Back in February, I got a phone call from a friend urging me to contact someone who was giving away three letterpresses. The presses were located in a burned out shell of a building that was formerly the Big Heart Times / Barnsdall Times. We talked with Louise Red Corn, the owner of the building and newspaper, and after a few phone calls and a slew of texts, she said she wanted to give them to us for The Workshop. On a snowy day, Thom and I took the beautiful drive to Barnsdall to see the presses and figure out some logistics of getting them to Tulsa. I took a million photos on the drive, but neglected to take many inside of the building because I was pretty anxious that the building was going to collapse on us or something. I haven’t spent a lot of time in buildings that have been destroyed by fire, so the idea of it made me pretty nervous. We met one of Louise’s friends at the building who just happens to specialize in moving oilfield equipment and he offered to help us get the presses to Tulsa.
It was almost a month before we were actually able to get the presses moved because the rainy weather made the building and surrounding lot swampy and to move something that is nearly 2000 pounds, it requires some solid ground. Finally, last weekend, we were able to get them to Tulsa. The husband and our friend Rhys drove to Barnsdall to assist Curtis, a godsend who had the equipment to move the presses, in loading them up and getting them onto the trailer for the drive to Tulsa. Thom texted me a few times throughout the morning, updating me on the progress. He sent one text that just said “So, yeah….” with a devastating photo of the Kluge press on it’s side from the pallet it was on crumbling.
I was pretty apprehensive about the Kluge because it’s so much bigger and I’m not as familiar with it as the Chandler & Price presses, so of the three presses to lose, this one was the one I was least attached to, but still…. So sad.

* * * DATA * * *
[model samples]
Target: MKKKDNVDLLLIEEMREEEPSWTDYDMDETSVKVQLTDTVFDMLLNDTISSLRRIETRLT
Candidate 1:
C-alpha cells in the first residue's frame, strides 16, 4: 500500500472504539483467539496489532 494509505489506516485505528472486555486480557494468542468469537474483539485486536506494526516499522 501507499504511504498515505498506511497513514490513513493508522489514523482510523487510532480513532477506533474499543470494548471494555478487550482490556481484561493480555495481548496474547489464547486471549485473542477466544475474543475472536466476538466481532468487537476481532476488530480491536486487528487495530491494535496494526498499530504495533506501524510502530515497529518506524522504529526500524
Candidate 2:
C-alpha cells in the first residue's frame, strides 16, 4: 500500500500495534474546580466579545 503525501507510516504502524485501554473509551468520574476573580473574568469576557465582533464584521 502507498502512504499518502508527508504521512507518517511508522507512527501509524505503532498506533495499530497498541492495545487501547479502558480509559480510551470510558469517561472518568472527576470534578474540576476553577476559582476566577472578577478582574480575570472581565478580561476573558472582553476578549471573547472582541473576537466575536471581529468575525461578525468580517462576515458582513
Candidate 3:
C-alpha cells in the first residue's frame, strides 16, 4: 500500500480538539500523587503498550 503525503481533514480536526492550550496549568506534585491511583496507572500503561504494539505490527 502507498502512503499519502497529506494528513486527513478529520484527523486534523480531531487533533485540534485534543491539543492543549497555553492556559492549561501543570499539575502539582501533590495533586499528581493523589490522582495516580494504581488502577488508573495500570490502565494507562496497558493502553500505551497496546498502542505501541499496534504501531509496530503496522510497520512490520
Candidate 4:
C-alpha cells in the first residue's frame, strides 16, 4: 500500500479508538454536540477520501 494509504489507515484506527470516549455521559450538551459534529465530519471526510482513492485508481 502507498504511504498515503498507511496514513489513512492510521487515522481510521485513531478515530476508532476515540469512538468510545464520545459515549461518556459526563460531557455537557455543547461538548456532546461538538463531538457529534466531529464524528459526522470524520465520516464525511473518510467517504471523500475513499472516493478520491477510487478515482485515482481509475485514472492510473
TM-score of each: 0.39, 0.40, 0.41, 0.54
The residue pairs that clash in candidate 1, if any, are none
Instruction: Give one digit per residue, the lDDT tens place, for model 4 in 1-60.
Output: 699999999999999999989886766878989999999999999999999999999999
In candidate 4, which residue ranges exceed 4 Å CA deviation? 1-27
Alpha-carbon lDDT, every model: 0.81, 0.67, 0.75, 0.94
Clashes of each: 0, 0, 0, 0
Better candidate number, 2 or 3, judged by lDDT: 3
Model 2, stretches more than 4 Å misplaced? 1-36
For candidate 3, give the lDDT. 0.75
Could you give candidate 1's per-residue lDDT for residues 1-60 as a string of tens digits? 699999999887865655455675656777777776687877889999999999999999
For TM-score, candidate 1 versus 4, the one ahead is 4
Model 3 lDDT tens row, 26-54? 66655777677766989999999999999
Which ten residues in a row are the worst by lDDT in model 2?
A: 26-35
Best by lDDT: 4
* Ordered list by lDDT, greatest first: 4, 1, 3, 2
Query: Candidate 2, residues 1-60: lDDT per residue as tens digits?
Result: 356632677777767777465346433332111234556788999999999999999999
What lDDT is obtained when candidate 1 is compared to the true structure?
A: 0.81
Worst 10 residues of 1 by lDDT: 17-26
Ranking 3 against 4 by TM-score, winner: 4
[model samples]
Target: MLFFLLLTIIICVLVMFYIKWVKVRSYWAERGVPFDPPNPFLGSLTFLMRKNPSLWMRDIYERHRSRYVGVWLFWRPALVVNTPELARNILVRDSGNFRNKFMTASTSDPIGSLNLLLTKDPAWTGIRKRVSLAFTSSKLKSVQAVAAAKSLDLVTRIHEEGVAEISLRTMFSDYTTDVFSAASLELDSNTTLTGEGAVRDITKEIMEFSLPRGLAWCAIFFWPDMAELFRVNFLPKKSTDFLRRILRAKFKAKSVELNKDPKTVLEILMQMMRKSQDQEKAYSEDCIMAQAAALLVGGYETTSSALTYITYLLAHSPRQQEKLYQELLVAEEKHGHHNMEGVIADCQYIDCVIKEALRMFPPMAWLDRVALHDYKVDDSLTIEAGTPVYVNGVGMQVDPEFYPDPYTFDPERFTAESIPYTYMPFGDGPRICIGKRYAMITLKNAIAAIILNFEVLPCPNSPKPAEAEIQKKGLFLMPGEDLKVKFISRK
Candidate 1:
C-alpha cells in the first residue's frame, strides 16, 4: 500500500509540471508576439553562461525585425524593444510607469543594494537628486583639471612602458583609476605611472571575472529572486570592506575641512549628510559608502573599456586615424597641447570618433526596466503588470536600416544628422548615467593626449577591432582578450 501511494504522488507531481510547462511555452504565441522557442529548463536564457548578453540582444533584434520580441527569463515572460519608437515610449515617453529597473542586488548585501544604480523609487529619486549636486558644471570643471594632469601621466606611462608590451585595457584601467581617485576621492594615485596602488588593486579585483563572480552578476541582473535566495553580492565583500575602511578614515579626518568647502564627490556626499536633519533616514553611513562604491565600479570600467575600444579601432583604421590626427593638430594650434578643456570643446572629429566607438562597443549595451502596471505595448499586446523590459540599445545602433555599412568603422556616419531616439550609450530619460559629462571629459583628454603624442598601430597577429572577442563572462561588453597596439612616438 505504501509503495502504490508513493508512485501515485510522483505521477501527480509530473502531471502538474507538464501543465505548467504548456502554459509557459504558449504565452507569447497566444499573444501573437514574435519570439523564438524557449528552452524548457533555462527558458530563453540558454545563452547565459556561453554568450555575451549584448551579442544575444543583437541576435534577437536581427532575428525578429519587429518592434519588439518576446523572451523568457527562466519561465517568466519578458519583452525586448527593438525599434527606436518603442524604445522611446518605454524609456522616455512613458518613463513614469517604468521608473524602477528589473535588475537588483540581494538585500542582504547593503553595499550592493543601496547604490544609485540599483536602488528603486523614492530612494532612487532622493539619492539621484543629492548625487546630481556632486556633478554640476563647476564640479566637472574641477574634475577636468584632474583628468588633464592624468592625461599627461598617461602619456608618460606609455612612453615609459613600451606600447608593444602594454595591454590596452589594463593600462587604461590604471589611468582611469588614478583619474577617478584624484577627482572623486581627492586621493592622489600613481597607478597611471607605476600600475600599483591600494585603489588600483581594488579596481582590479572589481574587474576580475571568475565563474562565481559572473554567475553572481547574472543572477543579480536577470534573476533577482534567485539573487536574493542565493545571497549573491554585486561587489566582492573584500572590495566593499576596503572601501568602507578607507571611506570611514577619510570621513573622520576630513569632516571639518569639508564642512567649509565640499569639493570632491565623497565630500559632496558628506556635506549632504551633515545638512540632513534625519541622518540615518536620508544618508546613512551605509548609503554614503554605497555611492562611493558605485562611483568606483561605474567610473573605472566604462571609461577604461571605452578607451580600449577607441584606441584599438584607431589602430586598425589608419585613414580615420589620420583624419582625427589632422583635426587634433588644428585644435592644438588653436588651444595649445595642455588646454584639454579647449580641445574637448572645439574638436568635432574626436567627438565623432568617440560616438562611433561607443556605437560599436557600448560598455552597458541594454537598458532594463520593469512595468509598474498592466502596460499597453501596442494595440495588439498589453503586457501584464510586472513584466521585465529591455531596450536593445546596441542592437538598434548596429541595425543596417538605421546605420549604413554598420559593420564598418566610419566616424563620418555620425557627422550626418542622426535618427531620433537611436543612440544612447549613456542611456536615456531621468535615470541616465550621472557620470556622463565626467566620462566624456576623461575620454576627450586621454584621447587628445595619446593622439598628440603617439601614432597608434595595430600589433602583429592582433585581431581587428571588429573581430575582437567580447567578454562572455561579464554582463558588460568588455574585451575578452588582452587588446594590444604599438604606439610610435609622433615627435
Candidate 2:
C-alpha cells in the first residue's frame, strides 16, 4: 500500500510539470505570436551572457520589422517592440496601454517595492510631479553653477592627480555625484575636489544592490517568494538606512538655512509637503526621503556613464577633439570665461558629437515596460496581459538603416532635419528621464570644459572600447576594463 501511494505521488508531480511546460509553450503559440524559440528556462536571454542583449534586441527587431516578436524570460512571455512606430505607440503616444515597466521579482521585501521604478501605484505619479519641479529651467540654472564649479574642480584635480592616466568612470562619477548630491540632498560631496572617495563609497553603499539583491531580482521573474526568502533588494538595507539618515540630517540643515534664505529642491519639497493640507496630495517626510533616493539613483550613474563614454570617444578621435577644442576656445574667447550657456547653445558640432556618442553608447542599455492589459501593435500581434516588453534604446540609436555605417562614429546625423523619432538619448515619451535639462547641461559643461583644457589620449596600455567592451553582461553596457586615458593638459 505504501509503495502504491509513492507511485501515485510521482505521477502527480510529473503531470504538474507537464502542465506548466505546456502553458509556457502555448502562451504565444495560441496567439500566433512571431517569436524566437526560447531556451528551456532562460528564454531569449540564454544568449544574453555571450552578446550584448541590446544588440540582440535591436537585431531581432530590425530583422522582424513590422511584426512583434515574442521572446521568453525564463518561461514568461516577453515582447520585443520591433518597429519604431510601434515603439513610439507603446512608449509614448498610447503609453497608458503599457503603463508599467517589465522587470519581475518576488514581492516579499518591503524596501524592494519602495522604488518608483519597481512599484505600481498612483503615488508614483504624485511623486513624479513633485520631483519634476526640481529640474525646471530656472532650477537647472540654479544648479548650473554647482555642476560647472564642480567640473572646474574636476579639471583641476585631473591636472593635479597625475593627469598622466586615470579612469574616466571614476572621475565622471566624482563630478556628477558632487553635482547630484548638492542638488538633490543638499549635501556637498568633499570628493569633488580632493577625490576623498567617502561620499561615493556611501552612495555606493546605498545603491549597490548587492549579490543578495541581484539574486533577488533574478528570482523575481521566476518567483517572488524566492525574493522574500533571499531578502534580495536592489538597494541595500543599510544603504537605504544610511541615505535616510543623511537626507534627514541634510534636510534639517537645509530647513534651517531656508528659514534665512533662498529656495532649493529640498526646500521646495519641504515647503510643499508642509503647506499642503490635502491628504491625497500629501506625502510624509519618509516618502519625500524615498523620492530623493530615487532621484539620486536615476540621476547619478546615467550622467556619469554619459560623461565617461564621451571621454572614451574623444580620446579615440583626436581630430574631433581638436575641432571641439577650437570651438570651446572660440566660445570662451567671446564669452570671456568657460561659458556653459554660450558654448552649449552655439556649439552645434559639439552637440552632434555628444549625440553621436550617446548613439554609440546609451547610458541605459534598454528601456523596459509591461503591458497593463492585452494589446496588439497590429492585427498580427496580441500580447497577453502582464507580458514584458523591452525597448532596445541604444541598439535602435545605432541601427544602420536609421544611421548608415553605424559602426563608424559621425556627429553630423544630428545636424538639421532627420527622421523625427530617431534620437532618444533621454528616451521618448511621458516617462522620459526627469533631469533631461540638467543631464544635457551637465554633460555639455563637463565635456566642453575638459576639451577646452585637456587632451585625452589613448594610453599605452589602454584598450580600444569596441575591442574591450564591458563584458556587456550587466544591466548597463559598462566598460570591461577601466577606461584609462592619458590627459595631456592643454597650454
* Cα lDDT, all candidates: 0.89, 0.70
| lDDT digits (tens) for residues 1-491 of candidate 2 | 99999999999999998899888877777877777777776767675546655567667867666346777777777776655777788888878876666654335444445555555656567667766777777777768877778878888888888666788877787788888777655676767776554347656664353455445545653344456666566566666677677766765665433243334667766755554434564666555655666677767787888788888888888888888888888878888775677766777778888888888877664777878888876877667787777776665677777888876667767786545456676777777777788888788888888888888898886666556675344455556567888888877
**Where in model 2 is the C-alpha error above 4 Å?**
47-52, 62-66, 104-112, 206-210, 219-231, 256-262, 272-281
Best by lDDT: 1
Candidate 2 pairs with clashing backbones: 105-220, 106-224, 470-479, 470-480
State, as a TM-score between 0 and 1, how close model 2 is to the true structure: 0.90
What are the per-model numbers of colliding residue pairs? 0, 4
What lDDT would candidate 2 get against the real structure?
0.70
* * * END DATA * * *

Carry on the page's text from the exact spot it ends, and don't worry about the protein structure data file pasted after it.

Fortunately, the other two presses loaded up just fine. I’d spent the day at the The Workshop preparing the space for them and waiting for our forklift rental to arrive. Here’s what it looked like when the presses arrived!
My dear friend Rachel Ann of OK Lovely came by to give us her advice on adding skids to the presses to make them easier to move in the future. I’m so grateful for this lady sharing her knowledge and helping us out so much with the move! She’s amazing! While they were chained to the forklift and hoisted in the air, we added skids using 4x4s and lag bolts and our awesome new friend Curtis drove them into our space on the forklift. Sadly, the Kluge was dropped off at the scrapyard because it was beyond repair.
So, now the two Chandler & Price presses are set in place for us to begin the cleaning and restoration process. We expect it to take about six months. For sitting idle and then being in a fire, they really aren’t in bad condition, they just need some baby-ing and care. Thom and I have been watching tons of videos, reading for hours on the best methods for cleaning and care, and are starting this week on oiling both presses.
There have been many little things that have happened that have made the process of acquiring the presses just so serendipitous that we have to share. We found out a year or so ago that the space that houses the Workshop used to be a printing studio… we learned that because a lady came in the shop and said she had just wanted to see what the space was because she grew up with her family running the printshop and she used to help her father set the type for the presses. Then, when Thom mentioned to our friend Rhys something about getting the presses, it turned out that they were THE presses that Rhys’ mother had grown up around. He brought his mom up to the shop the day after we moved the presses in to surprise her and it was a heartwarming moment for us all! In fact, I believe you’ll be able to read about it in the Big Heart Times someday soon because Louise met us there and interviewed her about her time and memories with the presses. Rhys also wrote a great post about that whole experience as well, which you can read here. There have been so many little coincidences regarding these presses that we just feel like they were meant to be with us. And we can’t wait to share them with Tulsa’s community of makers!
We’re planning to blog throughout the process and we’d love to show you the presses if you stop by the Workshop at Made!